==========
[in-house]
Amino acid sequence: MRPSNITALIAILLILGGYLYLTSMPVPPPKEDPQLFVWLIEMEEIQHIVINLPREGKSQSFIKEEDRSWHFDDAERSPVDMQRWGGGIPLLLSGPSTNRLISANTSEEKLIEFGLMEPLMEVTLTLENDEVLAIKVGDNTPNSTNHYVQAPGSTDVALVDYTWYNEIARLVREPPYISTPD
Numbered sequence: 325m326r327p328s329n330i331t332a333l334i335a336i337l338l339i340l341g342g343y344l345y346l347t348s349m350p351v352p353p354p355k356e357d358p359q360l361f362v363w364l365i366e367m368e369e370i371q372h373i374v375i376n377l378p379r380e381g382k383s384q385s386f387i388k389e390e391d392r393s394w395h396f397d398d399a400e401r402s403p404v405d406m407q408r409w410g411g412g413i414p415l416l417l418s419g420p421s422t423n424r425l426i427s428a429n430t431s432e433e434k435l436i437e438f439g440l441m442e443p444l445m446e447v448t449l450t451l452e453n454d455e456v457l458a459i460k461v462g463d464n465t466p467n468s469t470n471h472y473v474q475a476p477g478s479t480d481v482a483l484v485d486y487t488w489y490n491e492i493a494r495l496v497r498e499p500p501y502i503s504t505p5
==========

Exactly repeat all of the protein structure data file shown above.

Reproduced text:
[in-house]
Amino acid sequence: MRPSNITALIAILLILGGYLYLTSMPVPPPKEDPQLFVWLIEMEEIQHIVINLPREGKSQSFIKEEDRSWHFDDAERSPVDMQRWGGGIPLLLSGPSTNRLISANTSEEKLIEFGLMEPLMEVTLTLENDEVLAIKVGDNTPNSTNHYVQAPGSTDVALVDYTWYNEIARLVREPPYISTPD
Numbered sequence: 325m326r327p328s329n330i331t332a333l334i335a336i337l338l339i340l341g342g343y344l345y346l347t348s349m350p351v352p353p354p355k356e357d358p359q360l361f362v363w364l365i366e367m368e369e370i371q372h373i374v375i376n377l378p379r380e381g382k383s384q385s386f387i388k389e390e391d392r393s394w395h396f397d398d399a400e401r402s403p404v405d406m407q408r409w410g411g412g413i414p415l416l417l418s419g420p421s422t423n424r425l426i427s428a429n430t431s432e433e434k435l436i437e438f439g440l441m442e443p444l445m446e447v448t449l450t451l452e453n454d455e456v457l458a459i460k461v462g463d464n465t466p467n468s469t470n471h472y473v474q475a476p477g478s479t480d481v482a483l484v485d486y487t488w489y490n491e492i493a494r495l496v497r498e499p500p501y502i503s504t505p5